Milk and cream aren’t just redoubtable foods in their own right, they’re also unusually good vehicles for rich flavors such as chocolate, caramel and vanilla. Ice cream and chocolate milk are two fine examples of this principle, and another is pudding. Served chilled rather than frozen, a pudding is simply a sweet, flavorful milk or cream mixture that’s thickened to a silky, mouth-pleasing texture. There are several ways to do this, depending on your preferences.
Things You'll Need
Custards, or Egg-Thickened Puddings
Heat your milk and cream in a saucepan over low heat, or over a double boiler, as directed in your recipe.
Beat your eggs and extra egg yolks into the sugar, using a spoon rather than a whisk. You want the eggs thoroughly mixed with the sugar, but without the froth a whisk creates.
Pour one-quarter to one-third of the hot milk or cream into your egg mixture, in a thin stream. Stir constantly so the hot milk doesn’t gather in a large enough pool to cook the eggs.
Pour the warmed or “tempered” egg mixture slowly into the main saucepan of hot milk or cream, again pouring in a thin stream and stirring constantly. Heat the custard gently over low heat or a double burner, stirring occasionally, until it thickens.
Remove the custard from your stovetop and stir in a small piece of butter and your vanilla. Pour it through a strainer, to remove any fine lumps of cooked egg, into a large bowl or individual serving dishes.
Heat your milk or cream over moderate heat on the stovetop, or in the top half of a double boiler. Keep back one-quarter to one-third of the total, leaving it cold.
Combine your recipe’s sugar with a starch-based thickening agent, such as cornstarch, flour or arrowroot powder. Ordinary flour takes up to 20 minutes to completely thicken and lose its pasty, chalky flavor, so it’s best to use quick-mixing or “instant” flour in puddings.
Whisk the cold portion of the milk into your starch-and-sugar mixture, until it’s thoroughly dissolved. Then pour the cold mixture into your hot milk in a thin stream, whisking until it’s fully incorporated.
Cook the pudding over low heat until it thickens completely. Remove it from the heat, and add any flavorings as needed.
Strain the hot pudding into a large bowl or individual serving cups, leaving any lumps in the strainer.
Puddings Set With Gelatin
Whisk your sugar together with the milk and cream, and bring it gently to a simmer on your stovetop.
Measure 3/4 teaspoon of unflavored gelatin powder for every cup of liquid in your pudding. That’s enough to make it hold its shape, but the end result will have a delicate, melt-in-your-mouth texture rather than the rubbery mouth-feel of most gelatin desserts.
Stir the gelatin into two to three times its volume of cold water, and leave it to absorb water or “bloom” for three to five minutes. Melt the gelatin over a cup of hot water, or in 15-second increments in your microwave, until it’s completely liquid.
Pour the melted gelatin into your pudding mixture in a fine stream, stirring steadily. Continue stirring for another 30 seconds, or until you’re confident the gelatin is thoroughly diffused throughout the mixture; then remove your saucepan from the burner.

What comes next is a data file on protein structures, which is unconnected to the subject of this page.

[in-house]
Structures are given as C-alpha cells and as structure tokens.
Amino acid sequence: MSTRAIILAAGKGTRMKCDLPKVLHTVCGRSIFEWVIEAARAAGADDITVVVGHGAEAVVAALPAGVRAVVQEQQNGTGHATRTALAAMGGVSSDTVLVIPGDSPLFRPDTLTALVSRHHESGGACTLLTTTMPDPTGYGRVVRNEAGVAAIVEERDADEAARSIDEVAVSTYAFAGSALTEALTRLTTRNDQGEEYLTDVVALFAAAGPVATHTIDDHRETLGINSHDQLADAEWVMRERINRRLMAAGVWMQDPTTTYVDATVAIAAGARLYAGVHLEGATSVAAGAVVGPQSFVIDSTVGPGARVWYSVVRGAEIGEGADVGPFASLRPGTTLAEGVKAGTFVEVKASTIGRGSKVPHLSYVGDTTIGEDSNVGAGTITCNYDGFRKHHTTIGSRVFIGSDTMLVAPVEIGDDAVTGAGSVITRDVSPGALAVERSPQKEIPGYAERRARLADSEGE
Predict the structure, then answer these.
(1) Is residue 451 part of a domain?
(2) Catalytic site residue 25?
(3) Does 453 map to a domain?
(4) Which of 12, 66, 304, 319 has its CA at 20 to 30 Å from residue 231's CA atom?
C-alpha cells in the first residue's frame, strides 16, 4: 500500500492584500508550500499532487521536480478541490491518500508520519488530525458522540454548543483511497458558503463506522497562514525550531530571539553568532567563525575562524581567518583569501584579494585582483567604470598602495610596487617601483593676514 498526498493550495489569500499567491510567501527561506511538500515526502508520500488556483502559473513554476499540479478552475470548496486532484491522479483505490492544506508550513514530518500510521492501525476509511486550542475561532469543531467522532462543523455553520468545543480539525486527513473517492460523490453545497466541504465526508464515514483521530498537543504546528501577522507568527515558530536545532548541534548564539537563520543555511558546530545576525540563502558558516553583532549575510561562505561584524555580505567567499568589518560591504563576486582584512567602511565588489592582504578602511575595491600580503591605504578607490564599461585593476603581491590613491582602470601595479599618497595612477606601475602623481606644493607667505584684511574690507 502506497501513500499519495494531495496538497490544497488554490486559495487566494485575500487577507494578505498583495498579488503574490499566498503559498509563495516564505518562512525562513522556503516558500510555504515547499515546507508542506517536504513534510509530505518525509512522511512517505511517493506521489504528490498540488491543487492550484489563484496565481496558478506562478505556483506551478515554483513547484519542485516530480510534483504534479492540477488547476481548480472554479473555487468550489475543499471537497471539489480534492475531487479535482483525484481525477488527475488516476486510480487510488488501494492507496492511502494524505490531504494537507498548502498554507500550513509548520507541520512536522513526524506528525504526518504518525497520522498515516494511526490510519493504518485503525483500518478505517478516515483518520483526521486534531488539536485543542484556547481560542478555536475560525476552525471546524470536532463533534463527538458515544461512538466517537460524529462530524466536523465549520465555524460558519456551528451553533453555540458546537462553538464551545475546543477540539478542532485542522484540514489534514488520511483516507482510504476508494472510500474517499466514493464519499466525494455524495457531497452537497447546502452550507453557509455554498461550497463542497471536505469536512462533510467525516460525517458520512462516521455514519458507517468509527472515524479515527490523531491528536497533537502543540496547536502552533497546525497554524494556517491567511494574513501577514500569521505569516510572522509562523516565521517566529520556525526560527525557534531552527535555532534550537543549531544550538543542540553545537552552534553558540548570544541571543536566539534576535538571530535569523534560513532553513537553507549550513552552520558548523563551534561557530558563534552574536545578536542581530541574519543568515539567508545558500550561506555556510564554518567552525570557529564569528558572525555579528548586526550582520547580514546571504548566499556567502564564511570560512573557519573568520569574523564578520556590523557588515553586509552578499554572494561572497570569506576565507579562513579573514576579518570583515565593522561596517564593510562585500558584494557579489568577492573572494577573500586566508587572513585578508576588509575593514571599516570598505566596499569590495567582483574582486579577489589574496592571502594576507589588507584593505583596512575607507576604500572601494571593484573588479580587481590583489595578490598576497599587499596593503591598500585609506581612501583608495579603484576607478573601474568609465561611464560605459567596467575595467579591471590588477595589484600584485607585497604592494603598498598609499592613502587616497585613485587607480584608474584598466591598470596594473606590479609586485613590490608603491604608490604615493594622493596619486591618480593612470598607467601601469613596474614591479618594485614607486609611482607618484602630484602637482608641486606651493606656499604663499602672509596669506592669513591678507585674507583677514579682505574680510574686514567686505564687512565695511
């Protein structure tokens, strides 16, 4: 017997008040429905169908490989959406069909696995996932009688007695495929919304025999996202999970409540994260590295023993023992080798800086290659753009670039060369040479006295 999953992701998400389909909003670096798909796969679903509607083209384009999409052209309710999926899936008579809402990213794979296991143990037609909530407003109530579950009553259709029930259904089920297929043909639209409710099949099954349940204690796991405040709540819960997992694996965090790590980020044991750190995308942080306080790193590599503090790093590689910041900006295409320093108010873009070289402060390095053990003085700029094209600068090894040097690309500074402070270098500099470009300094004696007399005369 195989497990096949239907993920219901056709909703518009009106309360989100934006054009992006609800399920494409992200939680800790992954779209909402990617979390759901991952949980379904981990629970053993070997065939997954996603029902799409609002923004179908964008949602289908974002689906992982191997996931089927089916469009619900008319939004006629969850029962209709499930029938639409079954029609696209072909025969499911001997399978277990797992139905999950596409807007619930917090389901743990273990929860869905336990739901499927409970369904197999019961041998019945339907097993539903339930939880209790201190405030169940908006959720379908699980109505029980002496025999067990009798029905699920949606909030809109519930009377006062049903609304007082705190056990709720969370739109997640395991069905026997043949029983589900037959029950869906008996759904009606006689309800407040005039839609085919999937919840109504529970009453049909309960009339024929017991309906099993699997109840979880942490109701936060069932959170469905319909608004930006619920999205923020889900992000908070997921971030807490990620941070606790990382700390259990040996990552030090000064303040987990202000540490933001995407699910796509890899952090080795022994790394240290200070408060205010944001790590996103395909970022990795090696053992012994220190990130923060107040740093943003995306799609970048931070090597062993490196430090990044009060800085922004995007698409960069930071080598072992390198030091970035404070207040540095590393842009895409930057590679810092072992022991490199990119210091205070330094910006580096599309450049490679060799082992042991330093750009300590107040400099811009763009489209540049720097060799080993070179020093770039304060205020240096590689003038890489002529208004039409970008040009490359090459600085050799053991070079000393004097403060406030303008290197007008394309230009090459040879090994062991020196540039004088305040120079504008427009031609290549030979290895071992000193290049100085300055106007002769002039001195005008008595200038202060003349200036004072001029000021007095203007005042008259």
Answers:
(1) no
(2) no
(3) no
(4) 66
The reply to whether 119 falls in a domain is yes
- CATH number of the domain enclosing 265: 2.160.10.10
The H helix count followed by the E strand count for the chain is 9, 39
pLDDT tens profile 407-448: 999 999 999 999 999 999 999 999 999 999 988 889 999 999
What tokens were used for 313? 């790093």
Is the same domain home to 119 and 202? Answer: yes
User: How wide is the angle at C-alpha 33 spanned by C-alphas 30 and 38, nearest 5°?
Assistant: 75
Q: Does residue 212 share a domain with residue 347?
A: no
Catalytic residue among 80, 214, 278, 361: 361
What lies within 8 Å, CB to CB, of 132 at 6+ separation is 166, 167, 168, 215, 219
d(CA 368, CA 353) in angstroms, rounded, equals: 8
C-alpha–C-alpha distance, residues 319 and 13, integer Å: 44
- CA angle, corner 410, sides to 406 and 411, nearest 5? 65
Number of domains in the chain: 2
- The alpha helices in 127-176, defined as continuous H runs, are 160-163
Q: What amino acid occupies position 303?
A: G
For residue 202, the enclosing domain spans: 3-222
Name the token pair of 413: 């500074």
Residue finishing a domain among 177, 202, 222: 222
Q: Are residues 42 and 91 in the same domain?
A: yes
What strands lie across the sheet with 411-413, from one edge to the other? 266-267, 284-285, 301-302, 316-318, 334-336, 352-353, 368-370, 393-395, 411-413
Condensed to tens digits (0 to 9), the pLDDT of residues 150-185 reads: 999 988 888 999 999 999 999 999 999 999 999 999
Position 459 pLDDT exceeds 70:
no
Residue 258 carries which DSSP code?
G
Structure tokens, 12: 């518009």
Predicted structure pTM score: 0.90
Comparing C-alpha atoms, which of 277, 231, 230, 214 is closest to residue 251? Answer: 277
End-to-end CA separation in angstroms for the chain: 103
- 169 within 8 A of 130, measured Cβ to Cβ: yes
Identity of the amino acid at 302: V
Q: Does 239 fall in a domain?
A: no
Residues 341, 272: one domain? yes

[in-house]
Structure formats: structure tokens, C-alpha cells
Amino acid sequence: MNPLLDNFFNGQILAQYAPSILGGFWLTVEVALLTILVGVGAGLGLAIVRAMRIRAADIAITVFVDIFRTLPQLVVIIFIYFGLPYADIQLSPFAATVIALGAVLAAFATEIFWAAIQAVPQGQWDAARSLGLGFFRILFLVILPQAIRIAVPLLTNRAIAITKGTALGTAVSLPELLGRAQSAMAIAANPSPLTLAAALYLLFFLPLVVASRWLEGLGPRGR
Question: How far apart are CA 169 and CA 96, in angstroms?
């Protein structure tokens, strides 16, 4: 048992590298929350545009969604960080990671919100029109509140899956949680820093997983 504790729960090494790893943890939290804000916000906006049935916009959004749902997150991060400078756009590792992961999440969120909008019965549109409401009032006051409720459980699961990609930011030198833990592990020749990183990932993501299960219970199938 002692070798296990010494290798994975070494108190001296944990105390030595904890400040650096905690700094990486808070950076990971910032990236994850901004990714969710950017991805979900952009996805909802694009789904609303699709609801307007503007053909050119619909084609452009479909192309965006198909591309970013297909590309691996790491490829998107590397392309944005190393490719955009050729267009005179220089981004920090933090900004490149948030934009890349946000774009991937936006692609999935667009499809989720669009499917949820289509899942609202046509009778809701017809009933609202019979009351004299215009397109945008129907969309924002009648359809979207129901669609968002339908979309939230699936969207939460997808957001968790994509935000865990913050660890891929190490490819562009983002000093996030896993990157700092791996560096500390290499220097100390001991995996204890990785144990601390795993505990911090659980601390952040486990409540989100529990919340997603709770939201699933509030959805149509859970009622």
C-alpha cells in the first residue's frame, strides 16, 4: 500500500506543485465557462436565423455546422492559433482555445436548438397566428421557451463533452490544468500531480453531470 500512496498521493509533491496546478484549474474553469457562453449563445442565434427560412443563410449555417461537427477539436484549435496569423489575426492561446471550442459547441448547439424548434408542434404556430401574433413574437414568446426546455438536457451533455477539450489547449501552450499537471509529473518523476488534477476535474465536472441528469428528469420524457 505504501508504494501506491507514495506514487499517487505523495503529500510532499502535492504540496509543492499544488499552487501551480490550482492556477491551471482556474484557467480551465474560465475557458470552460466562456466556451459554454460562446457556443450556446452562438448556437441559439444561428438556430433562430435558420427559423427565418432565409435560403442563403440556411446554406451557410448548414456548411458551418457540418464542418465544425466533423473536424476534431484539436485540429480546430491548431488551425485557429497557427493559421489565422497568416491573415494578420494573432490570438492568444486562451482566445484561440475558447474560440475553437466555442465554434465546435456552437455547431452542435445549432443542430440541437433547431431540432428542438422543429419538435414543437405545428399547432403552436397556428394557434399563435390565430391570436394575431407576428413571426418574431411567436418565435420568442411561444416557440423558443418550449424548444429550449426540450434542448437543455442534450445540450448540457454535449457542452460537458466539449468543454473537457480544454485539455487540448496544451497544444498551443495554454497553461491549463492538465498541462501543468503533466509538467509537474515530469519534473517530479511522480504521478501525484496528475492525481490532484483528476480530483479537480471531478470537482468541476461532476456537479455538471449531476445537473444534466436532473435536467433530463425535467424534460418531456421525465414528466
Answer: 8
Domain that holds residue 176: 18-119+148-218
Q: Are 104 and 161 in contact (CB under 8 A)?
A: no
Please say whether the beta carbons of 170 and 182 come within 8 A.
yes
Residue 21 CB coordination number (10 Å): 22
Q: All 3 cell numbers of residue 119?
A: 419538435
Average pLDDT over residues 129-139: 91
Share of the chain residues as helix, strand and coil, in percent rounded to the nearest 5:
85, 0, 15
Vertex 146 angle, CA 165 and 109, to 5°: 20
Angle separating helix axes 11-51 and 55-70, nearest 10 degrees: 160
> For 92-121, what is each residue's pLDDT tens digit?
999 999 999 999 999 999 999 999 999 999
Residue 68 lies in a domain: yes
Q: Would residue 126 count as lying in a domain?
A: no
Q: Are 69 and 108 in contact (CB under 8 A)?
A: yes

Strain the pudding into a single large mold or smaller individual serving dishes, to remove any stray lumps of undissolved gelatin or any “skin” that formed on the cream during cooking. Chill the pudding until it sets. Serve it either in the dish or unmolded and inverted, whichever is appropriate.
As a general rule, ingredients such as vanilla beans and whole spices are infused into the hot cream before you proceed with the recipe. Dry flavorings such as cocoa are typically mixed into the sugar; wet flavorings such as melted chocolate are stirred into the hot cream; flavor extracts are stirred in when the pudding is finished.
The ratio of whole eggs and egg yolks in a custard will vary, depending on your recipe. Extra yolks make a richer, softer custard, while whole eggs make it firmer. Puddings meant to be unmolded and served whole usually contain more whole eggs, or a secondary thickener.
Tapioca is handled differently from other starch thickeners, because in powdered form it tends to have an unpleasantly stringy texture when used for thickening. Instead it’s sold in pearl form, creating distinctive balls of gelled pudding in the thickened milk or cream.
Preheating most of the milk or cream in a starch-thickened pudding is an optional step, and many recipes call for all the ingredients to be combined and heated together. The two-stage method is slightly quicker, and minimizes the risk of your pudding sticking and scorching during its thickening time.
Gelatin-thickened desserts are ideal for the carbo-phobic, or those with allergies to common starch thickeners such as wheat or corn. Traditional desserts such as panna cotta and Bavarian creams are generally thickened with gelatin.
Many recipes combine multiple thickeners. For example, a vanilla pudding recipe might incorporate egg yolks for richness, and a starch thickener for stability. If you’re adding starch to an egg-thickened custard, keep the temperature of your mixture to a low simmer — ideally below 180 degrees Fahrenheit — to minimize the risk of cooking the eggs and “breaking” your custard. If you’re adding gelatin to an egg-thickened custard, whisk the melted gelatin into the cream mixture before it’s added to the eggs.
References and ResourcesJenni Field's Pastry Chef Online: A Techniques Primer -- Custards and Puddings
The Cook's Thesaurus: Starch Thickeners
Baking 911: Thickeners
Bo Friberg: The Professional Pastry Chef